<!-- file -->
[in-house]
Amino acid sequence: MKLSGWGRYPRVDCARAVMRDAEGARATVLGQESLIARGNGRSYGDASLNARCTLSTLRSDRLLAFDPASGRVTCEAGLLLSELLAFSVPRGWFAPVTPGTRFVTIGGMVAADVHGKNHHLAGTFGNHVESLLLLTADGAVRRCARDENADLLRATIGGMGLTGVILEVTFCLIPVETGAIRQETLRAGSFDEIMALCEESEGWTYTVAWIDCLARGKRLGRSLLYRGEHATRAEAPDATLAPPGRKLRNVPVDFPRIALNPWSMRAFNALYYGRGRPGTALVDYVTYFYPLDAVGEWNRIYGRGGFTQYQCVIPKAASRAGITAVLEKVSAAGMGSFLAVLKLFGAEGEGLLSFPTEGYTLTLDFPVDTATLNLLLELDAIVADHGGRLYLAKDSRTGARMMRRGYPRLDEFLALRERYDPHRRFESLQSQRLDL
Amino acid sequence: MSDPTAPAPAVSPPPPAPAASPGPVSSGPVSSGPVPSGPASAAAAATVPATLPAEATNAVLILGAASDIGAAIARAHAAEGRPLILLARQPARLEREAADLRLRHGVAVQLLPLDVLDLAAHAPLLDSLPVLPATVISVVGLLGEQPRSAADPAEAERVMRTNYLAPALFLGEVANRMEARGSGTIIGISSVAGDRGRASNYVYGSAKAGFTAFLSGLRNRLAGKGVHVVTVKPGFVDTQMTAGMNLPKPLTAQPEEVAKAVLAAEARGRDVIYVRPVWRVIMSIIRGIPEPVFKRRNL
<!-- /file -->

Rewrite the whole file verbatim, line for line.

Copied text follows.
[in-house]
Amino acid sequence: MKLSGWGRYPRVDCARAVMRDAEGARATVLGQESLIARGNGRSYGDASLNARCTLSTLRSDRLLAFDPASGRVTCEAGLLLSELLAFSVPRGWFAPVTPGTRFVTIGGMVAADVHGKNHHLAGTFGNHVESLLLLTADGAVRRCARDENADLLRATIGGMGLTGVILEVTFCLIPVETGAIRQETLRAGSFDEIMALCEESEGWTYTVAWIDCLARGKRLGRSLLYRGEHATRAEAPDATLAPPGRKLRNVPVDFPRIALNPWSMRAFNALYYGRGRPGTALVDYVTYFYPLDAVGEWNRIYGRGGFTQYQCVIPKAASRAGITAVLEKVSAAGMGSFLAVLKLFGAEGEGLLSFPTEGYTLTLDFPVDTATLNLLLELDAIVADHGGRLYLAKDSRTGARMMRRGYPRLDEFLALRERYDPHRRFESLQSQRLDL
Amino acid sequence: MSDPTAPAPAVSPPPPAPAASPGPVSSGPVSSGPVPSGPASAAAAATVPATLPAEATNAVLILGAASDIGAAIARAHAAEGRPLILLARQPARLEREAADLRLRHGVAVQLLPLDVLDLAAHAPLLDSLPVLPATVISVVGLLGEQPRSAADPAEAERVMRTNYLAPALFLGEVANRMEARGSGTIIGISSVAGDRGRASNYVYGSAKAGFTAFLSGLRNRLAGKGVHVVTVKPGFVDTQMTAGMNLPKPLTAQPEEVAKAVLAAEARGRDVIYVRPVWRVIMSIIRGIPEPVFKRRNL